​Landing-charges cut to be imposed on Heathrow
June 29, 2022
UK regulators have proposed that London Heathrow airport be forced to cut its landing fees for airlines through to 2026.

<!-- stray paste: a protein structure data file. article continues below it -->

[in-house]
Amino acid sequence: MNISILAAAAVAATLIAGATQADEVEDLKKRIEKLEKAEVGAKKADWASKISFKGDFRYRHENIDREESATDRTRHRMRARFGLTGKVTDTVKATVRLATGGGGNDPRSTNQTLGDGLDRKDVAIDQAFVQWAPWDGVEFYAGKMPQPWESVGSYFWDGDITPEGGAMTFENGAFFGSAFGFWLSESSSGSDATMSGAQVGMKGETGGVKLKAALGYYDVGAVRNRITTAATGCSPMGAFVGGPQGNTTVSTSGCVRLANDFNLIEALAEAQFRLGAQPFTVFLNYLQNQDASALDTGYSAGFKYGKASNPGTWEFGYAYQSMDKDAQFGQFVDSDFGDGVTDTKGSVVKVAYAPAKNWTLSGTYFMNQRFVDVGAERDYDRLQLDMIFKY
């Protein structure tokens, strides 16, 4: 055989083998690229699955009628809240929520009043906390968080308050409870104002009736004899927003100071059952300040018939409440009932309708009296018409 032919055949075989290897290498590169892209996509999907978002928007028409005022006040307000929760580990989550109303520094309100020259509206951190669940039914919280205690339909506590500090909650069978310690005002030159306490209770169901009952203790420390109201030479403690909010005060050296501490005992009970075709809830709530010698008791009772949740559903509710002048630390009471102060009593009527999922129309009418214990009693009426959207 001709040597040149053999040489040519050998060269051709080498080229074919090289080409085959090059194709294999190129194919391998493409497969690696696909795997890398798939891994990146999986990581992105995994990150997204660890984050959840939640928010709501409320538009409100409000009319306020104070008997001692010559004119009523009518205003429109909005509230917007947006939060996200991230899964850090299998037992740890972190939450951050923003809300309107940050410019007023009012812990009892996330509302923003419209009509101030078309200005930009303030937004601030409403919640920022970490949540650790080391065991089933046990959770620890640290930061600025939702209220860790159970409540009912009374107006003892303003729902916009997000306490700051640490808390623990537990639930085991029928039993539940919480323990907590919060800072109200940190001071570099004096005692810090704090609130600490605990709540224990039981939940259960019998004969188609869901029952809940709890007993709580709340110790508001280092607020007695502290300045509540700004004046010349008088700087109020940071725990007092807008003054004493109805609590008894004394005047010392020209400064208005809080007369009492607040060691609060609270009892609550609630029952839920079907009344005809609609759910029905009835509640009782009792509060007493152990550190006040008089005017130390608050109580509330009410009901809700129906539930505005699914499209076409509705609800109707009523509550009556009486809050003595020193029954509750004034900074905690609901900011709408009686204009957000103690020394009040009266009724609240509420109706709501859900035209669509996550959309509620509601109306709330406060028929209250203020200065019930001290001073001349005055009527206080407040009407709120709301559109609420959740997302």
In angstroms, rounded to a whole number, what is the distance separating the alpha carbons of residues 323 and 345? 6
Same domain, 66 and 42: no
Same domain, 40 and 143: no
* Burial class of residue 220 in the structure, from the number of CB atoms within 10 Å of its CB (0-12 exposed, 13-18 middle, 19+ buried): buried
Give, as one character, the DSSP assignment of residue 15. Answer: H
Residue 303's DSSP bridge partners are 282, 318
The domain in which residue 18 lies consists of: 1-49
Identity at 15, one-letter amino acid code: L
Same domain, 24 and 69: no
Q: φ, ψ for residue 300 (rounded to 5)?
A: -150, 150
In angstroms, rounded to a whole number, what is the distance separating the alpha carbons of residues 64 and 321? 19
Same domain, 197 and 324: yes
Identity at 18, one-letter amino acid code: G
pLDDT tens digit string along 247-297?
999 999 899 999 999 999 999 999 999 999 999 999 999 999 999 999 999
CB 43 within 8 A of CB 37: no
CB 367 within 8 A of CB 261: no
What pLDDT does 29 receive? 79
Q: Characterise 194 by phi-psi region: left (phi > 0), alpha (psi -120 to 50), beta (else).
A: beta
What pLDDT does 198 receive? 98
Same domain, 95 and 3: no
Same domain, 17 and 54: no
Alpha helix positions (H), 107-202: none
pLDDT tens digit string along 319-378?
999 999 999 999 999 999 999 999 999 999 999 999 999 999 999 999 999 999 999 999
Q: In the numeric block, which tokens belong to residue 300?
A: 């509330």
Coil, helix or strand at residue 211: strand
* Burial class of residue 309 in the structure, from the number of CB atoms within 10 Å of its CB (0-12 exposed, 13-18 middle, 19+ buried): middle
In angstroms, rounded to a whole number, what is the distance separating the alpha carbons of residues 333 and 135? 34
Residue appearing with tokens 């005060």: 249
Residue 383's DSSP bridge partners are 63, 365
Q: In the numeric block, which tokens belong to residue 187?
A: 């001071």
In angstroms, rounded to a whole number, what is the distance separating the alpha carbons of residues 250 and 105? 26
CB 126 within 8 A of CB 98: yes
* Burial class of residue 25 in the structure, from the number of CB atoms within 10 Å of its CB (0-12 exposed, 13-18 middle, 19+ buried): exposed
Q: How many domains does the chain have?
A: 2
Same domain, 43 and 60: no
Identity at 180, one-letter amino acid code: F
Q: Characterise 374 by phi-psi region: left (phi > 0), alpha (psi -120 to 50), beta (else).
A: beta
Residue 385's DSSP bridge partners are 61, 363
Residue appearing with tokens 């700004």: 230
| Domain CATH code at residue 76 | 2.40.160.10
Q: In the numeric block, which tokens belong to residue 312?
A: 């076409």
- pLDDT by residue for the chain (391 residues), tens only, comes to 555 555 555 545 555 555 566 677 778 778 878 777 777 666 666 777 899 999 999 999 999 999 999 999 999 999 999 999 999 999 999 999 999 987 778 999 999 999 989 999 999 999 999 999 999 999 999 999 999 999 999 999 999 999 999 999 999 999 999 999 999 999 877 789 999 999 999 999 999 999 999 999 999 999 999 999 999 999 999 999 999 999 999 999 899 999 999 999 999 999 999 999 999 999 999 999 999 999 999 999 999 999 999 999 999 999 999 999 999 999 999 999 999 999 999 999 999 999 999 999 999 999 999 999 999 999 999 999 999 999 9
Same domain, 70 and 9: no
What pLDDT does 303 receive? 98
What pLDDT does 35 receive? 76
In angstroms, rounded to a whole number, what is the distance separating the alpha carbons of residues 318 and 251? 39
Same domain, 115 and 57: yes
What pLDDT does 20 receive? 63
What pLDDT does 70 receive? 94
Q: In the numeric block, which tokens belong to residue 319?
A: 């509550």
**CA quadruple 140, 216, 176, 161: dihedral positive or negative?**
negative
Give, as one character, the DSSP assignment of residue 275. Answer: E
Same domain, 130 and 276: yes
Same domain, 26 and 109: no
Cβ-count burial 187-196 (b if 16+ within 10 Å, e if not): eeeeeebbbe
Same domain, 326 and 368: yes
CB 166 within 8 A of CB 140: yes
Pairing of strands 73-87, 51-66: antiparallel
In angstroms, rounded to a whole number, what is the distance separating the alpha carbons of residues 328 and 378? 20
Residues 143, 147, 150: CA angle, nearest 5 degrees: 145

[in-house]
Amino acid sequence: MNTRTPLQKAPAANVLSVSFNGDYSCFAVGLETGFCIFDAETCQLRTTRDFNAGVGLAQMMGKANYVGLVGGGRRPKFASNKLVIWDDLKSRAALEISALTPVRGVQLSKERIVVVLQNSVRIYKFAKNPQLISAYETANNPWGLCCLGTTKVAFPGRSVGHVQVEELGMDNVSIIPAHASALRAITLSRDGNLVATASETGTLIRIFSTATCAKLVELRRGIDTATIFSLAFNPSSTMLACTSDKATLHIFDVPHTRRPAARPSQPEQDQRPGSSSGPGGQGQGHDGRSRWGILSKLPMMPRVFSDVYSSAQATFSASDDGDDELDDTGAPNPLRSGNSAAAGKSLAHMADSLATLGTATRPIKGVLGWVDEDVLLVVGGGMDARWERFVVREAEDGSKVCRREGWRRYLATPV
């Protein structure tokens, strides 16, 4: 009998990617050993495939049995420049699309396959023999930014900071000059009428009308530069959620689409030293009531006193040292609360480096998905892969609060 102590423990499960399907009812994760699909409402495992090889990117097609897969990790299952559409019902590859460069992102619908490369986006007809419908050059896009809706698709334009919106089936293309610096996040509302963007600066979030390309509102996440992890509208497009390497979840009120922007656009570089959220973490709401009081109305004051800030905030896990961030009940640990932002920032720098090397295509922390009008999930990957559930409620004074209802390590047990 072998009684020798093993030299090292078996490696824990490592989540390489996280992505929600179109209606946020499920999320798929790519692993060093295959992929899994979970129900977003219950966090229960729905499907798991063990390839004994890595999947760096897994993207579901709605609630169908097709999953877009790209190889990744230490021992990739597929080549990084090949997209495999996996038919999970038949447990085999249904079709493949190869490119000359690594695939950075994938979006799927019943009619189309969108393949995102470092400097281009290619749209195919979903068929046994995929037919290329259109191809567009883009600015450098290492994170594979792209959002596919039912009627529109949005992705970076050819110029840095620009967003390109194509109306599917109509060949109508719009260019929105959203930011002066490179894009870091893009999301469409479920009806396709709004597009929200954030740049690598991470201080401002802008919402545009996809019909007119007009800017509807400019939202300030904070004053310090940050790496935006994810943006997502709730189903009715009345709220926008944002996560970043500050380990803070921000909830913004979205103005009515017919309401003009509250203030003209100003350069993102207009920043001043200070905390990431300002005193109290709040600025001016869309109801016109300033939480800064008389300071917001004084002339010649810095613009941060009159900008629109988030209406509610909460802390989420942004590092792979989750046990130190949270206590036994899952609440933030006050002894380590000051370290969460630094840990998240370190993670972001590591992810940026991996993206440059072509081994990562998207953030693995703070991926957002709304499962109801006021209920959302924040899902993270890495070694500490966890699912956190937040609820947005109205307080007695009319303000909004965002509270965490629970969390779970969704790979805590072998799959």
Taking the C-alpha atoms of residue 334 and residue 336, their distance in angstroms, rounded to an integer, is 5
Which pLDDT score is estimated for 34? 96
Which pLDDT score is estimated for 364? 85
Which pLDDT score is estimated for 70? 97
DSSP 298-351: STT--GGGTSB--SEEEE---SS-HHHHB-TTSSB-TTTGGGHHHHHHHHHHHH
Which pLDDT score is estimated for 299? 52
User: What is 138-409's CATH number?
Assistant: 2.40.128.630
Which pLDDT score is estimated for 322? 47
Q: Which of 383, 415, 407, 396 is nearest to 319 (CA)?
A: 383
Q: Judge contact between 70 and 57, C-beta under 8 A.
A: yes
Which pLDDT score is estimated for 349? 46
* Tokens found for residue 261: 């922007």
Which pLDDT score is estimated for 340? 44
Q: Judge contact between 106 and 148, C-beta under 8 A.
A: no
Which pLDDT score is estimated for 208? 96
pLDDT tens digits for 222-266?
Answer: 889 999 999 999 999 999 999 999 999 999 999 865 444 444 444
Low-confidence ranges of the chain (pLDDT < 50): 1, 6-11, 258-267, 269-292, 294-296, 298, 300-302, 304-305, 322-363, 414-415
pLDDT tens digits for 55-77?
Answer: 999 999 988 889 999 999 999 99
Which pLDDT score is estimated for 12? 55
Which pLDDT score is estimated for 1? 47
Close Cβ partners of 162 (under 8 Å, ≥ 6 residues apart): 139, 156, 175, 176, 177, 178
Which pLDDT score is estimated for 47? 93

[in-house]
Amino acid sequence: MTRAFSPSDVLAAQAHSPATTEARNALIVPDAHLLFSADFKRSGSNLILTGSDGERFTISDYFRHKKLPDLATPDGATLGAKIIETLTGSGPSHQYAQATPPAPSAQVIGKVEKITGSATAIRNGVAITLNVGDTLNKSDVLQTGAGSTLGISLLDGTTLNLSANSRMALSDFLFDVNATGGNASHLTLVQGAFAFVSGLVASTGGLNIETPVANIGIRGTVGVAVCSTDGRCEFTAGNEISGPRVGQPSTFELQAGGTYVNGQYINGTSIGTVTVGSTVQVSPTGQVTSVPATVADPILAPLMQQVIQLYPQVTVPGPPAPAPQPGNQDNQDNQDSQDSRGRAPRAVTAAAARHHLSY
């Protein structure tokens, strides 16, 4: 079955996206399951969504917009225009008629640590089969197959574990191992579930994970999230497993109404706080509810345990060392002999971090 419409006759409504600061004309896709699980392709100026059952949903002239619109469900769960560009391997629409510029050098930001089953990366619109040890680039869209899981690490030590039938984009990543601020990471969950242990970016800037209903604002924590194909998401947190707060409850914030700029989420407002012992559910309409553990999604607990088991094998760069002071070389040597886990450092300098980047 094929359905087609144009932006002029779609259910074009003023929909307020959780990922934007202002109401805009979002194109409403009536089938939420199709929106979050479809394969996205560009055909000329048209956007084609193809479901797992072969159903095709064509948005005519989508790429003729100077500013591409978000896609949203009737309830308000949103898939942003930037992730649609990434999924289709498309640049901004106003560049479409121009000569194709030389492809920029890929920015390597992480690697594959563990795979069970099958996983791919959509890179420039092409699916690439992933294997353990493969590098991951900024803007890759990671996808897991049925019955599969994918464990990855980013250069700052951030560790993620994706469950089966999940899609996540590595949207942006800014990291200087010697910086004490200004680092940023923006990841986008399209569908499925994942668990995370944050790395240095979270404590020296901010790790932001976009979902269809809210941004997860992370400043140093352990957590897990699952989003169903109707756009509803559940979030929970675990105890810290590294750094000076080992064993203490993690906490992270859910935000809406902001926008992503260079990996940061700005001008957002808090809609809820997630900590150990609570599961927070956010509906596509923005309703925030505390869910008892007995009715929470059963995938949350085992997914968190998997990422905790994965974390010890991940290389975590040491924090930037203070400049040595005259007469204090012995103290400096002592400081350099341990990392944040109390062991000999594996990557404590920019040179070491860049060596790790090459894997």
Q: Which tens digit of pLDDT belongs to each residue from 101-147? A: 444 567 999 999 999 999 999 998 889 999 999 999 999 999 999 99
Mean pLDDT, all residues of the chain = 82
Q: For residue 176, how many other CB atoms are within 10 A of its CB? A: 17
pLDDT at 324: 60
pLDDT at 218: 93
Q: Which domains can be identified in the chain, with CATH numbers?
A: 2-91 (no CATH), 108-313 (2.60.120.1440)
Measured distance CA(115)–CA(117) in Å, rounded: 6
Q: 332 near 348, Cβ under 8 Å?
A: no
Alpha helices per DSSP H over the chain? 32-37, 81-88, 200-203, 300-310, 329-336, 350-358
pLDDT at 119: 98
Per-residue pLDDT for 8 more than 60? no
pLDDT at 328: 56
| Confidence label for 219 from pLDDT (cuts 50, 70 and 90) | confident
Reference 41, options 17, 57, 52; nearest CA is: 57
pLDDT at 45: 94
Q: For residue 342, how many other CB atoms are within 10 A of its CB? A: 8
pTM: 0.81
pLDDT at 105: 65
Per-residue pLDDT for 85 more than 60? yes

The Civil Aviation Authority envisions that charges will decline from £30.19 ($37.07) to £26.31 in 2026, a 6% real-term year-on-year decline. This reflects forecast increases in passenger numbers as the recovery from Covid-19 continues, as well as the higher price cap put in place last year to reflect the challenges of the pandemic. Heathrow had argued that its charges should be raised to $41.95, a suggestion that drew outrage from airlines. IAG-owned British Airways, the largest user of Heathrow, had accused the airport of deliberately failing to ramp up its capacity in order to restrict passenger numbers and make its case for higher charges. The airline argued that fees at Heathrow were already the highest in the world, with consumers ultimately paying the price. BA cancelled around 10% of its summer services from the airport, citing a lack of capacity. John Holland-Kaye, Heathrow's chief executive, complains that the CAA "continues to underestimate what it takes to deliver a good passenger service, both in terms of the level of investment and operating costs required and the fair incentive needed for private investors to finance it". "Uncorrected, these elements of the CAA's proposal will only result in passengers getting a worse experience at Heathrow as investment in service dries up," adds Holland-Kaye. He warns that the proposals will undermine investment in the airport and harm the UK's attractiveness to private investors. The CAA, for its part, says its proposals reflect an "appropriate level" of efficiency to expect from Heathrow, while guaranteeing a return for capital providers that will ensure investment in the airport. In particular, it says the proposals will provide affordable charges for consumers, while enabling Heathrow to fund a safe, secure and resilient airport with a good passenger experience. "This includes investing in next-generation security equipment and a new baggage system for Terminal 2," which has a combined price tag of £1.3 billion. As regards baggage, Heathrow has recently suffered from high-profile problems that has wrought significant customer disruption.